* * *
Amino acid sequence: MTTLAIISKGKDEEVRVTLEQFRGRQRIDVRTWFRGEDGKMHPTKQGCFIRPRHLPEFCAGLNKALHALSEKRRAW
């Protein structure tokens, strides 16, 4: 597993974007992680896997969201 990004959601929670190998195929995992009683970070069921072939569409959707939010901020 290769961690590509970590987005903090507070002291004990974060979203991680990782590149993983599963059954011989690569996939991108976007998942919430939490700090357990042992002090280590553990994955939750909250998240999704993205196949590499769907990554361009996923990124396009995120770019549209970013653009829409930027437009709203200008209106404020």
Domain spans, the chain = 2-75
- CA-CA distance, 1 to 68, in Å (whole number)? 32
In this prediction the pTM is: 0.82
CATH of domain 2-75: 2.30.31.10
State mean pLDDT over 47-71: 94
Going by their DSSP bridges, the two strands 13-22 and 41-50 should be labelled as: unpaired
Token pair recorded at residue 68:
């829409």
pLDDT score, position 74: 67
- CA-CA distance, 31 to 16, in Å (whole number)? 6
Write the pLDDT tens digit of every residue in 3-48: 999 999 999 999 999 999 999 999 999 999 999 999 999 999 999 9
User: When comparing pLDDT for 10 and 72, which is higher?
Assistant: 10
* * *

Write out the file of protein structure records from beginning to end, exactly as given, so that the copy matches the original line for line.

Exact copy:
Amino acid sequence: MTTLAIISKGKDEEVRVTLEQFRGRQRIDVRTWFRGEDGKMHPTKQGCFIRPRHLPEFCAGLNKALHALSEKRRAW
């Protein structure tokens, strides 16, 4: 597993974007992680896997969201 990004959601929670190998195929995992009683970070069921072939569409959707939010901020 290769961690590509970590987005903090507070002291004990974060979203991680990782590149993983599963059954011989690569996939991108976007998942919430939490700090357990042992002090280590553990994955939750909250998240999704993205196949590499769907990554361009996923990124396009995120770019549209970013653009829409930027437009709203200008209106404020």
Domain spans, the chain = 2-75
- CA-CA distance, 1 to 68, in Å (whole number)? 32
In this prediction the pTM is: 0.82
CATH of domain 2-75: 2.30.31.10
State mean pLDDT over 47-71: 94
Going by their DSSP bridges, the two strands 13-22 and 41-50 should be labelled as: unpaired
Token pair recorded at residue 68:
């829409």
pLDDT score, position 74: 67
- CA-CA distance, 31 to 16, in Å (whole number)? 6
Write the pLDDT tens digit of every residue in 3-48: 999 999 999 999 999 999 999 999 999 999 999 999 999 999 999 9
User: When comparing pLDDT for 10 and 72, which is higher?
Assistant: 10